Sunday, June 26, 2005

"Fascism": Sesame Street's word of the day

After the election, my father, uncle and I debated about what the totalitarian regime that Bush would try and create would look like. My father and I were thinking "fascism," playing on the fear of the American people to create a mostly secular, corporate-backed, kleptocratic fascist state. My uncle was betting on theocracy, demanded and managed by the evangelist Christian right. Obviously, the debate was premature. But it seems less hasty every day.

In his latest editorial, Frank Rich tells the emerging story of how the administration is harnessing public radio and television as propaganda outlets. Some highlights:
  1. Kenneth Tomlinson, the chairman of the Corporation for Public Broadcasting, paid someone $14,170 to watch Bill Moyer's "Now" and listen to programs on NPR like the Diane Rehm show, in order to rate every guest as either C for conservative or L for liberal (liberal meaning anti-administration).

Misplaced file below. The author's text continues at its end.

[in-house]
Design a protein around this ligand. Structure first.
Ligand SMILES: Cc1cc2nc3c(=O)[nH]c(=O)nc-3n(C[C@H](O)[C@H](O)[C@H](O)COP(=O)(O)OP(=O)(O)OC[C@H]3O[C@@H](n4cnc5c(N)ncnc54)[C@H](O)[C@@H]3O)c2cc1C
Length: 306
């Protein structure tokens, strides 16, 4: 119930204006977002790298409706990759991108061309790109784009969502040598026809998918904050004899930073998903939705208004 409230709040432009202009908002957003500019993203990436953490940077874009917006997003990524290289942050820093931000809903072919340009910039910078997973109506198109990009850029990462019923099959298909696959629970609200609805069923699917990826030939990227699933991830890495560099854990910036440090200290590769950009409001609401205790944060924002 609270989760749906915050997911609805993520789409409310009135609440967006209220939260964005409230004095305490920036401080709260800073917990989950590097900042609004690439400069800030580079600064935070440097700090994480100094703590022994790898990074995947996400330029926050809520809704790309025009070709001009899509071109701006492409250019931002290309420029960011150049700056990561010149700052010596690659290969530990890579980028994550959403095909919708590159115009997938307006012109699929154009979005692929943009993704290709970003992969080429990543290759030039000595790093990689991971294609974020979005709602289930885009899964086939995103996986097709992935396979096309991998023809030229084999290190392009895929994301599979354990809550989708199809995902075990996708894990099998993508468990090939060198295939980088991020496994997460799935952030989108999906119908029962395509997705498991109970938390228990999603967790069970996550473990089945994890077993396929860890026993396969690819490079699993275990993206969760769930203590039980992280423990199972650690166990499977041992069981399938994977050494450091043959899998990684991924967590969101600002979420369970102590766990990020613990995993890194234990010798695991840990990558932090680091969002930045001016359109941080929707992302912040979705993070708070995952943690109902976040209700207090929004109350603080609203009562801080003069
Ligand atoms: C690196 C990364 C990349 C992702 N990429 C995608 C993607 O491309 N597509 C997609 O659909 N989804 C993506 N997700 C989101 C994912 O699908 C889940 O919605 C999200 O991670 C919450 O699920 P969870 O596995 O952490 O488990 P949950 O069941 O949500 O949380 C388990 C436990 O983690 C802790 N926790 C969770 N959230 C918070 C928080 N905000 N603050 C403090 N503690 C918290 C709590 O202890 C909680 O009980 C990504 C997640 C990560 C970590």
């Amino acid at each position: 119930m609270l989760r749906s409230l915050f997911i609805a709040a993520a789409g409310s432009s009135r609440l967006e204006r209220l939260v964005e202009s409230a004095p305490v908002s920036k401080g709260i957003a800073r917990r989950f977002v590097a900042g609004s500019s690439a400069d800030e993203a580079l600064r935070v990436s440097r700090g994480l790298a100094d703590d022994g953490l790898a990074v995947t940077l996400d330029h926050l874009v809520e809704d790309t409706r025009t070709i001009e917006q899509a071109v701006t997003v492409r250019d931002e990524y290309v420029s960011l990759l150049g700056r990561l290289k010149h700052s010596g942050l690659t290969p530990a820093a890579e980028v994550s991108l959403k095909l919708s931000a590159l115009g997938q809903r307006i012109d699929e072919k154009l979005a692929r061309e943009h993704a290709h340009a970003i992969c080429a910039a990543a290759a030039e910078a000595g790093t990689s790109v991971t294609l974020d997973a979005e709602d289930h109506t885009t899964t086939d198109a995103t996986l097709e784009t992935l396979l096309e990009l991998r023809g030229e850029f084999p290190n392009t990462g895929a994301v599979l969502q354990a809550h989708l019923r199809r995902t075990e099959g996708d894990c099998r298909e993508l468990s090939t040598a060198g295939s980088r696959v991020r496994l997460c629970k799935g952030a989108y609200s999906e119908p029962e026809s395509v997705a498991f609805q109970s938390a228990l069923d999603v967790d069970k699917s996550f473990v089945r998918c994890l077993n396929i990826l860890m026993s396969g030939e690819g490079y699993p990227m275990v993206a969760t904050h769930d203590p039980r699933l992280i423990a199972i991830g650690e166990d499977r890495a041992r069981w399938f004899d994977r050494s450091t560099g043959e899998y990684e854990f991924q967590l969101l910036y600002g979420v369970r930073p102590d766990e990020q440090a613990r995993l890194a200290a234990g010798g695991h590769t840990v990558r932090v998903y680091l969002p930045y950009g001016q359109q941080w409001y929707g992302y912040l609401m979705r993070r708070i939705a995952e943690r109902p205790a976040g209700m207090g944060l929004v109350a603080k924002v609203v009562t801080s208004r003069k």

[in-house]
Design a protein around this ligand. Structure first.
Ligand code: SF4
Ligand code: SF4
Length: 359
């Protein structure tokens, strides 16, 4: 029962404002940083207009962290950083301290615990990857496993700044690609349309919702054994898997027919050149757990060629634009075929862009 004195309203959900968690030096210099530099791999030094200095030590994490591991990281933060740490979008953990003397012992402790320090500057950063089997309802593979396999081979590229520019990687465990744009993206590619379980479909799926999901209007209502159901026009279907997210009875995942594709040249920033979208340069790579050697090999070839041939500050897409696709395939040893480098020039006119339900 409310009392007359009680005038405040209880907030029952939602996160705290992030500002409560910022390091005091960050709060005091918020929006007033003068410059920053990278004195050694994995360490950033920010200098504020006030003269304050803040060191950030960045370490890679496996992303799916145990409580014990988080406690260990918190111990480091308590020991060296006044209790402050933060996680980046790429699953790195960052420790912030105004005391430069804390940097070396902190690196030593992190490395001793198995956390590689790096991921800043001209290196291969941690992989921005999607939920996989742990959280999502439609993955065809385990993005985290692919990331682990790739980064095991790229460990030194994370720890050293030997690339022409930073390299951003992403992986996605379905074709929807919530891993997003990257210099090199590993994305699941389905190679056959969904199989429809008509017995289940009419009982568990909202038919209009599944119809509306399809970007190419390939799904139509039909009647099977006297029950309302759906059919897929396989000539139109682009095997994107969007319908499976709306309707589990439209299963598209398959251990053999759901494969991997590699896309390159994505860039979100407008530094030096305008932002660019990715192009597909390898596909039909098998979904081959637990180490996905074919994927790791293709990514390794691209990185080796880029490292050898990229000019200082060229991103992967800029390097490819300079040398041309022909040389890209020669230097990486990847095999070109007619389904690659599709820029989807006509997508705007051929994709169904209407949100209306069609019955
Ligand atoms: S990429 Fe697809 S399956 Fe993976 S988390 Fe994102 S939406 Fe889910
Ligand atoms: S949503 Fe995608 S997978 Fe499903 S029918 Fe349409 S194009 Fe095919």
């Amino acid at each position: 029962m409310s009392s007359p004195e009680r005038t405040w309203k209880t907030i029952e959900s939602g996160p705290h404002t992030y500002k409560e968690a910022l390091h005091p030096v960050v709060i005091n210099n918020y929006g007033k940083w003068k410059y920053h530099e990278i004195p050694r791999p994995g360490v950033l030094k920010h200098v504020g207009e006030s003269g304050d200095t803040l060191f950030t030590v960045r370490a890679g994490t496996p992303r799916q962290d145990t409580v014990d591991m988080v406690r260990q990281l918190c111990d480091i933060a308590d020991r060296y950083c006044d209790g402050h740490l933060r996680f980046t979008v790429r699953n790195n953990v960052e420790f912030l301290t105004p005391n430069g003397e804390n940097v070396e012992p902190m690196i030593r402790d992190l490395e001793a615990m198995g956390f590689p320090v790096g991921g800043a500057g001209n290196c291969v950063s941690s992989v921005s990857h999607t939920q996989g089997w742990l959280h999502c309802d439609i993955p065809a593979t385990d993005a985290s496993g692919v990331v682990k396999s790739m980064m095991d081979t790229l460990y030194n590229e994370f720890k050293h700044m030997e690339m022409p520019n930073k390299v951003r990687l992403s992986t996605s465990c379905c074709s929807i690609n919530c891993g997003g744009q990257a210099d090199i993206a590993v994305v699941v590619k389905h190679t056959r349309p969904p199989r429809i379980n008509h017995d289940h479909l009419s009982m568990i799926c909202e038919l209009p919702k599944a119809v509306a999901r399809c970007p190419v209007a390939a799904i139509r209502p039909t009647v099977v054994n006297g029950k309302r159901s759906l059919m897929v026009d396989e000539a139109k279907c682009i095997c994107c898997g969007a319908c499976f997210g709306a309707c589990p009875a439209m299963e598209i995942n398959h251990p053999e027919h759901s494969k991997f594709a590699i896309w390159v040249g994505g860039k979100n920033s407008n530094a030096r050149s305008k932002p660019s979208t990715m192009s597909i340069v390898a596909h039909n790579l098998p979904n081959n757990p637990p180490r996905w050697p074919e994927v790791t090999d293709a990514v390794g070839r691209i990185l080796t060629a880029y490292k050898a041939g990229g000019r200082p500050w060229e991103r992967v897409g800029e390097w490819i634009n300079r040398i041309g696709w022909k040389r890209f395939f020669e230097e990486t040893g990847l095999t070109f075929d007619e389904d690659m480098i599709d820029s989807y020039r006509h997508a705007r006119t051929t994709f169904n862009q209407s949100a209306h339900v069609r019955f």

2. Patricia Harrison, the new president of the CPB is a former co-chairwoman of the Republican National Committee who, as assistant secretary of state, praised the fake news stories that her department produced as "good news" stories.
  3. Tomlinson today is head of the Broadcasting Board of Governors, which oversees all of the United States' non-military propaganda outlets. So he is simultaneously the head of our propaganda efforts oversees and our domestic public broadcasting effort.
So the corporate MSM has no problem cementing pseudo-fascist ties to the administration, and now the public broadcasting infrastructure is at risk of becoming another branch of the administration's propaganda machine. Good luck, democracy. It was nice knowing you.


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